Oak Knoll District:
Where Merlot Gets the Vote by Default
While Merlot comprises nearly a third of the growth in the newest Napa Valley sub-AVA, the terroir would suggest other varietals would be more appropriate. Ah, but appearances can be deceiving as Alan Goldfarb learned when he profiled the AVA in this sixth part of The Napa Valley Series.
October 26, 2007
At first, things were moving along swimmingly for the good burghers who lived and made wine in Oak Knoll. There was a lot of press and there were those who were looking forward to putting the name of valley’s 14th and newest AVA on their labels. Recognition, at long last, was sweet.
But six months later, some deeply depressed, wannabe writer by the name of Miles - with pretenses toward being a wine-savvy geek - declared that he hated Merlot.
The proclamation, in the movie Sideways, had wide-ranging implications. It threw a leaden cream pie directly into the path of Oak Knollers, which led the annoyed folks at Trefethen Vineyards– who had championed the district’s virtues – to erect a sign declaring, "Clearly, Miles had never tried our Napa Valley Merlot."
Not that Oak Knoll had staked its claim solely on Merlot. Goodness knows the growers there cultivate more than a dozen varietals on about 3,500 planted acres. But the outrageously popular film put a hurt on Merlot just about the time that Napa grape growers determined that Merlot did best in cooler climates of the region, such as the southern-most areas of Carneros, as well as Oak Knoll.
Nonetheless, today approximately 1,000 acres of Merlot are planted in the Oak Knoll District of the Napa Valley (the clumsy rubric the feds clamped on the AVA to differentiate it from Oregon’s Oak Knoll Winery). That’s nearly one third of the total planted acreage in the region, a crop that services its 20 or so wineries, as well as about 50 others that source fruit from there.
The area is bisected by Highway 29 – the main artery that runs north to south through the Valley – and is bordered on the west by Dry Creek Road where it meets the Mount Veeder AVA. To the north, the boundary is at Ragatz Lane. There’s a line that heads southeast along Dry Creek to the Silverado Trail and then goes farther south to Monticello Road and then stretches east along its southern boundary to Trancas and then to Redwood roads in the city of Napa.
Oak Knoll has less annual rainfall than most of the Napa Valley, which allows for warmer soils. Summertime temperatures, augmented by a goodly dose of fog, are lower than most other regions, which manifests in the grapes as a bit lower alcohol and pH levels, and higher tannins. As one gets into the foothills on either side of the AVA, however, the temperatures tend to rise.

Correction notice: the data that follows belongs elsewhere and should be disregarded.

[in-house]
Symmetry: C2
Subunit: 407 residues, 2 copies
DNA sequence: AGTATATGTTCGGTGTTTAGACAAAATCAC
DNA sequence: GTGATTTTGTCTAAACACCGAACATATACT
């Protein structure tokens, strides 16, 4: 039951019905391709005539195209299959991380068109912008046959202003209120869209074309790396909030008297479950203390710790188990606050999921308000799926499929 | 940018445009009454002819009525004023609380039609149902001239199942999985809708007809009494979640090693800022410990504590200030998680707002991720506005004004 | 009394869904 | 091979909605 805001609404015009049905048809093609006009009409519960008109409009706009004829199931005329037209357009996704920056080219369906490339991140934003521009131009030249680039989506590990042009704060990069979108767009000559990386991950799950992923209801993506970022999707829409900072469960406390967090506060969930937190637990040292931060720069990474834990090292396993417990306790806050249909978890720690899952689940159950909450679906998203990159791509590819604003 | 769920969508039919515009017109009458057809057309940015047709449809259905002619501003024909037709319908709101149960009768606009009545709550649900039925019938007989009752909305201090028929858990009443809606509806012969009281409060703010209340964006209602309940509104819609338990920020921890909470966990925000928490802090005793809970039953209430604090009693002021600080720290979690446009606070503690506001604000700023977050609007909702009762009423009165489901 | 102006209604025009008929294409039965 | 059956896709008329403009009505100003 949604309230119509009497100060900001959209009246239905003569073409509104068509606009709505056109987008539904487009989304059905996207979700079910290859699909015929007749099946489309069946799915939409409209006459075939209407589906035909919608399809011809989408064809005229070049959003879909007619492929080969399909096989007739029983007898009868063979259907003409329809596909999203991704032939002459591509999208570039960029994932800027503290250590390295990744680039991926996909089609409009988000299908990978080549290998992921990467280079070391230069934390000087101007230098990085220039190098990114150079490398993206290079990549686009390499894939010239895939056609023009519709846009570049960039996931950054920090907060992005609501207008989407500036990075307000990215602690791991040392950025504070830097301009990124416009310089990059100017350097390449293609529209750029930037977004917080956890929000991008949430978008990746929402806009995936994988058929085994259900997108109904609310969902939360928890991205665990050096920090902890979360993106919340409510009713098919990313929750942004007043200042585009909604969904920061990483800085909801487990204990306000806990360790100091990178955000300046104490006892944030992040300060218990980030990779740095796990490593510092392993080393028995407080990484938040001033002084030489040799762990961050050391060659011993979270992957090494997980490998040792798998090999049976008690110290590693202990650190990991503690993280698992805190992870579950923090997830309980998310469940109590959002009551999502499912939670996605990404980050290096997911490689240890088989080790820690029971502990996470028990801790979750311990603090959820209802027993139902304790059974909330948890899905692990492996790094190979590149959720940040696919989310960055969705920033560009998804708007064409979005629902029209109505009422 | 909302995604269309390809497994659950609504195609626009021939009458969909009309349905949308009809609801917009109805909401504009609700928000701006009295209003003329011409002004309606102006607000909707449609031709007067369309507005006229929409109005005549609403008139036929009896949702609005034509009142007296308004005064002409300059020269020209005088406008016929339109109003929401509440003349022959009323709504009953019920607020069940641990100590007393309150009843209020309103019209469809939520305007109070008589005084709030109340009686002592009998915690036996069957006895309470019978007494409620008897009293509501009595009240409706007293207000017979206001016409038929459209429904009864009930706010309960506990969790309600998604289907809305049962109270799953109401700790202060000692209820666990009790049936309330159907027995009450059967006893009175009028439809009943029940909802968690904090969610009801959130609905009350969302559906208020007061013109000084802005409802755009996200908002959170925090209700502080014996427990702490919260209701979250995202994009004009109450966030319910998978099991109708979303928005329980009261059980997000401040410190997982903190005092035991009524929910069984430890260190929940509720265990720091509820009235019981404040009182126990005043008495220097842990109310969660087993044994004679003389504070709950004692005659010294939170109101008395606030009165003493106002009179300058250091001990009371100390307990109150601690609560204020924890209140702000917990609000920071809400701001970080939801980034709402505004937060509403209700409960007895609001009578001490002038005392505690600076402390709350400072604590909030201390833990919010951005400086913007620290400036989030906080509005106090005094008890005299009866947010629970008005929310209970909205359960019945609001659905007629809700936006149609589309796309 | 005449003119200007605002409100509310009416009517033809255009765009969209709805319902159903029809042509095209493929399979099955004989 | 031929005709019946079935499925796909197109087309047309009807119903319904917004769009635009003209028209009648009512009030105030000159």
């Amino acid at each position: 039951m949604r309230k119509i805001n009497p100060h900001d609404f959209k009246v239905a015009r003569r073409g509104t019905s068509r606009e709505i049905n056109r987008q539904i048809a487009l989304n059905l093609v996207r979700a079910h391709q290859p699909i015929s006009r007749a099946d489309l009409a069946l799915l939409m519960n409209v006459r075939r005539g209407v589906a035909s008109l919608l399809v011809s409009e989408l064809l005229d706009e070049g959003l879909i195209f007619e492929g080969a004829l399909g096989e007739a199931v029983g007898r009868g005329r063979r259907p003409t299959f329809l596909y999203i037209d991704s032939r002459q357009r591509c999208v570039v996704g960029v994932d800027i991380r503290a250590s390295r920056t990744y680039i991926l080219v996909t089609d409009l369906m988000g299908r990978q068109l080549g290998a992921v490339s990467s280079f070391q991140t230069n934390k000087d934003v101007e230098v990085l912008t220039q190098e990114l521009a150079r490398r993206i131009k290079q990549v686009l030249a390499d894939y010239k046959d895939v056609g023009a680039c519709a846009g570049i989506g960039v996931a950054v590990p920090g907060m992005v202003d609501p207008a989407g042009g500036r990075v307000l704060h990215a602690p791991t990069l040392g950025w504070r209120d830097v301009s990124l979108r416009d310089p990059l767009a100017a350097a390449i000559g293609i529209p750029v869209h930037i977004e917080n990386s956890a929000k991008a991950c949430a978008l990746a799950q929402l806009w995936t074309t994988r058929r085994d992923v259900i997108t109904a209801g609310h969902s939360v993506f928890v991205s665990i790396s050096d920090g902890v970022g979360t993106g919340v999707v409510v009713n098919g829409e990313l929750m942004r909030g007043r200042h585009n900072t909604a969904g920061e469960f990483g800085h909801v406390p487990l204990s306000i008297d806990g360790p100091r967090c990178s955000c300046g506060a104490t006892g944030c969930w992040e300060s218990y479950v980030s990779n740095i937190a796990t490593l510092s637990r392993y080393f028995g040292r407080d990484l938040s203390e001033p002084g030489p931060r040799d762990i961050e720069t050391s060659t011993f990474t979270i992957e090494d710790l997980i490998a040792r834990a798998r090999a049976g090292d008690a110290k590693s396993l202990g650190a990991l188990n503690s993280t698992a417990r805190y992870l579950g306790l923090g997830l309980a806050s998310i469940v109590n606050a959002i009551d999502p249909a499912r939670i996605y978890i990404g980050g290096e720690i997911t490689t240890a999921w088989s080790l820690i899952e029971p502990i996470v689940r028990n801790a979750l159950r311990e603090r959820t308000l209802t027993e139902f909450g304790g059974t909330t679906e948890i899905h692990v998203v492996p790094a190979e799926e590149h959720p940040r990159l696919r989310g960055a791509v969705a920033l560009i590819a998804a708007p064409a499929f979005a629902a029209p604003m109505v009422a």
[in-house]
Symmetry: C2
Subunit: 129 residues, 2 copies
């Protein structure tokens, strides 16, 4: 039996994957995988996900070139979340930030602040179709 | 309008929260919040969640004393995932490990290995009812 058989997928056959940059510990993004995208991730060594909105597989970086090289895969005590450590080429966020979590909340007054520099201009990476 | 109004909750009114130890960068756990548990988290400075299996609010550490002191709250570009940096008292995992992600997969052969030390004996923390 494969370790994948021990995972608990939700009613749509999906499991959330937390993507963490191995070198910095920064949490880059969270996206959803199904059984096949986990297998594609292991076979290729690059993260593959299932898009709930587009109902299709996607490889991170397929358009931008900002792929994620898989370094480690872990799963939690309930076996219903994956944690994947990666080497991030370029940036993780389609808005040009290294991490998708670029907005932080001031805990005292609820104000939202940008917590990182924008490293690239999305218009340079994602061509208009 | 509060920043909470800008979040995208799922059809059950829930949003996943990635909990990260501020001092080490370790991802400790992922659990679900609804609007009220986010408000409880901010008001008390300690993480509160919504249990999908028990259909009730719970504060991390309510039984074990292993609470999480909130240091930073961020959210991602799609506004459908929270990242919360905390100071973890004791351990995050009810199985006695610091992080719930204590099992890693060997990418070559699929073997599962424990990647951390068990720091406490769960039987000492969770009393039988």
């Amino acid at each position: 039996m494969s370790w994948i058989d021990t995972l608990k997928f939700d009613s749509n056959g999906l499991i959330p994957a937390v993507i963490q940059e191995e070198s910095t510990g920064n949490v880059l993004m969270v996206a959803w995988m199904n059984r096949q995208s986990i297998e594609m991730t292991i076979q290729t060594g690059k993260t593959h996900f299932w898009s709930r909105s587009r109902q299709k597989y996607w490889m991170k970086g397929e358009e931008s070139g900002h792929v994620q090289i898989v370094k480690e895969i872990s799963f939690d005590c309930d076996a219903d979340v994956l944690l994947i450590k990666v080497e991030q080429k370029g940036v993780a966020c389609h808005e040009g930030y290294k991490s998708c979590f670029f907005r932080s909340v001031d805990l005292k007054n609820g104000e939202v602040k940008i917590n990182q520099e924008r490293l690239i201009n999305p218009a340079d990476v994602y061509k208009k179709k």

Doug Hill has a 10-acre vineyard he calls Beau Terre, from which he produces around 2,000 cases of Oak Knoll wine, of which about half is Merlot. Additionally, he farms more than 450 acres in the region for clients such as Duckhorn, Franciscan, Biale, Chappellet, and Caymus. Of that portion, 350 acres is in Merlot.
It’s no wonder then, that Hill’s an OKDNV Merlot advocate. “Generally the entire district does well for Merlot,” he says, but cautions that Cabernet Sauvignon (“planted in the right areas”), Syrah, Zinfandel (see Biale Vineyards), Petite Sirah, Chardonnay, Gewürztraminer, and Riesling (refer to Trefethen) fare well, too.
“It’s an interesting area. It’s warm enough and cool enough to grow anything from Pinot to Petit Verdot,” he believes. “… (But) it will stake out its true identity over time.”
That true imprint might eventually be tied to Merlot. “It has the potential for that,” Hill predicts. “Merlot consistently produces high quality wine year after year out of that area.”
As evidence, he cites the fact that some fine Merlot emerged from the region in the 1970s and ‘80s (long before AVA status was even a thought) from the Jaeger vineyard south of Oak Knoll Avenue and east of Highway 29. Hill believes it was the largest planting of Merlot in the Napa Valley.
“It did very well there. It helped Rutherford Hill to stake a claim in Merlot,” he recalls. It continued to be a place that made great Merlot. It holds its acidity well and has a reasonable pH so you can get good hang time out of it.”
Even a glut of Merlot in the early ‘90s and then Miles’ pronouncements from Hollywood have not delivered the coup de grâce to the variety, but it’s certainly wounded Merlot’s cachet. Inexplicably, this is in spite of the fact that Merlot is still the No. 1 selling red variety in the U.S. The consumer appeal in high-end Merlot, however, has taken a hit.
Hill believes the downturn in that segment of the marketplace is due to some Merlots “out of some of the warmer areas,” explaining that some wines in the ‘90s “were a bit dull. They lacked finesse, especially on the finish.”
That is why Oak Knoll has an opportunity to forge its stamp on finely made Merlot. But Hill cautions that throwing one’s lot into one gondola may not be such a good thing – at least in the short run.
“You can grow any variety (there), and many do very well,” he states diplomatically. “(But) I’m not sure anyone wants to hang their hat on Merlot as a star because public opinion is against it right now.”
But he thinks that vox populi will eventually embrace Merlot in a bigger way, and Oak Knoll is poised to pounce. “It’s too important of a varietal in the world for it not to,” he procl